An Editor’s Overview
When I first started playing drums, the challenge was finding enough credible content, whether in the form of method books, magazine articles, or instructional videos, to help me understand exactly what skills and tools I would need in order to become a professional musician. I bought whatever VHS tapes and drum methods my local music store carried, I borrowed every music history book and jazz CD my local library had available, and I practiced all of the exercises included in Modern Drummer each month.
If the dominant theme of drumming in the twenty-first century is the blurring of lines—playing versus programming, online versus on stage, tradition versus exploration, band membership versus freelance work—then here is a player who stands tall as a gleaming reminder that each of us can, and should, have it both ways, at every turn.
Over the past ten years, Korn’s drummer has become an increasingly integral component of the band’s uniquely heavy sound. The latest raging slab of proof coming out of Bakersfield, California: The Serenity of Suffering.
At the top of the list of famed metal drummer Gene Hoglan’s latest projects is Testament’s Brotherhood of the Snake, the legendary thrash band’s first studio album since 2012’s Dark Roots of Earth. When the players entered the studio, some were hearing the songs, which were written by guitarist Eric Peterson, for the first time. Hoglan is no stranger to learning material and recording it in the same day, though, and has the ability to make it sound as though the parts are well rehearsed.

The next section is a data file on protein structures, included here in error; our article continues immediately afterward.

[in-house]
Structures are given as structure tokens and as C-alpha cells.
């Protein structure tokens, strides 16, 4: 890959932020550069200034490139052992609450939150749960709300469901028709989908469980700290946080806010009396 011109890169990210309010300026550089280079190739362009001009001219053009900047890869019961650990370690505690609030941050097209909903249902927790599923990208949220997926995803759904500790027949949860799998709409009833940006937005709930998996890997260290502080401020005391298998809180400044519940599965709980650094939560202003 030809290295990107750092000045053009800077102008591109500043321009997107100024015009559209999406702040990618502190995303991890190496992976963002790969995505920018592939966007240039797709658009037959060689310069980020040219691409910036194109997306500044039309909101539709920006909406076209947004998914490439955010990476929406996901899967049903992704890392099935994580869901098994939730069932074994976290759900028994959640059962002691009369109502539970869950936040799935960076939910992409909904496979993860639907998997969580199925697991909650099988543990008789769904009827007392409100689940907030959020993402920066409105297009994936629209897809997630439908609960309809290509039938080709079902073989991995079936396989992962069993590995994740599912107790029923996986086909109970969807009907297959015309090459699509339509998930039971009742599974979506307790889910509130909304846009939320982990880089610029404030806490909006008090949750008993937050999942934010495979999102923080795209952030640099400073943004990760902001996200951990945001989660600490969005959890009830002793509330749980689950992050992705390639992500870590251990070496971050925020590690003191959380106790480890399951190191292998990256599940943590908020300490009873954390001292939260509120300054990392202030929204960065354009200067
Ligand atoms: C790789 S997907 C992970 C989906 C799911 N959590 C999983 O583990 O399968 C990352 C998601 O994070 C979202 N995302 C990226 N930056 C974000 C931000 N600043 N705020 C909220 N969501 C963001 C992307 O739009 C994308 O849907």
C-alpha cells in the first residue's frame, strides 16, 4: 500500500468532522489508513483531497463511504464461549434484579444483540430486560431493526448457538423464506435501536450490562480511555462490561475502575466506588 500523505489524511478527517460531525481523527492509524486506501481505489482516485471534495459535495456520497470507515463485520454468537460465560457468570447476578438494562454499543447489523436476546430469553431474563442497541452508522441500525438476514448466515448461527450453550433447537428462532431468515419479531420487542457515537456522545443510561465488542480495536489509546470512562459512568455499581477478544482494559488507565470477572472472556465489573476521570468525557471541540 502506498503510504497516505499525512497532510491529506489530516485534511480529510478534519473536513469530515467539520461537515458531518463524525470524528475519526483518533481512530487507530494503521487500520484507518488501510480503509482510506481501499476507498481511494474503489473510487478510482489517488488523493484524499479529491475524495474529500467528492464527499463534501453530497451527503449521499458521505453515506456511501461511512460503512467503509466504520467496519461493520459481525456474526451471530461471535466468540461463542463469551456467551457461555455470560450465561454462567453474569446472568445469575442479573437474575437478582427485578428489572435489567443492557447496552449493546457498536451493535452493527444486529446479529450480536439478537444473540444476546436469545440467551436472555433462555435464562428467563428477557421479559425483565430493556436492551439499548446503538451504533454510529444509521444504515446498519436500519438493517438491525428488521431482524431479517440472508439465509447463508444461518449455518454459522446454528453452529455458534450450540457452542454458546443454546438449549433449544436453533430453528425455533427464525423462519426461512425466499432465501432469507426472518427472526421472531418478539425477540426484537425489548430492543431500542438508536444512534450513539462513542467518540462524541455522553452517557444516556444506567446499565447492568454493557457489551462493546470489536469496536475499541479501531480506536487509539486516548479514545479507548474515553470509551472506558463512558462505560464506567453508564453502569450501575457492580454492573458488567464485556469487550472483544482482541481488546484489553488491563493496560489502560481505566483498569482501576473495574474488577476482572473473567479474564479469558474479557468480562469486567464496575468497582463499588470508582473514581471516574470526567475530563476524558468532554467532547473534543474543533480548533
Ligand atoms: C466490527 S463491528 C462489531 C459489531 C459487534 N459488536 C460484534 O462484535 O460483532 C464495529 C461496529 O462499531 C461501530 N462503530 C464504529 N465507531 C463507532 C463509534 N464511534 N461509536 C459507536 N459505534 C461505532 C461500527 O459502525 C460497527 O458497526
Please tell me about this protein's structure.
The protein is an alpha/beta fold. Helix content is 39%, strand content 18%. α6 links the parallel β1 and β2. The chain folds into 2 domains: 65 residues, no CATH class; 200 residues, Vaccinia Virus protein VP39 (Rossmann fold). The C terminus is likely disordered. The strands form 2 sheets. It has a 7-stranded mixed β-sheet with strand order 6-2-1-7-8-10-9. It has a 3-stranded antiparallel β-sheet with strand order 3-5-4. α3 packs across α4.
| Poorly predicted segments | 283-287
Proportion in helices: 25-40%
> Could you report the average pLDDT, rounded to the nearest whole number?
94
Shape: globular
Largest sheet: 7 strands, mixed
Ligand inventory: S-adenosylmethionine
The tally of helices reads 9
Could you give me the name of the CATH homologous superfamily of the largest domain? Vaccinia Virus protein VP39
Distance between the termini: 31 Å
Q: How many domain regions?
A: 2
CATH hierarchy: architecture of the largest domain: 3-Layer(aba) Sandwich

Blair Sinta spent his formative teenage years playing gigs in Detroit, and if you’re looking to prove that the famous Midwestern work ethic applies as easily to drummers as it does to auto workers, he’s a great example. After graduating from the prestigious University of North Texas, Sinta headed west to Los Angeles, where he played rock and jazz gigs around town until finally landing the drum chair with Alanis Morissette in 2001.
With a warlike handle that belies his gentle nature, the larger-than-life god of thunder shuns aggressive musicality for the joys of ethereal and cyclical rhythmic patterns.
The Pauper & the Magician, Ari Hoenig’s tenth album as a leader, is a perfect platform for the veteran jazz musician’s many skills. Hoenig’s coherent compositional style, choice of brilliant and simpatico musicians, and white-hot drumming fill the album. Its title track courses through a gentle bolero to a playful through-composed section and rhythmically rambunctious solos.
With a childhood surrounded by jazz, early drum heroes from classic rock’s glory days, and a résumé filled with R&B stars, it’s no wonder the Rob Thomas regular fits in so easily wherever he goes.
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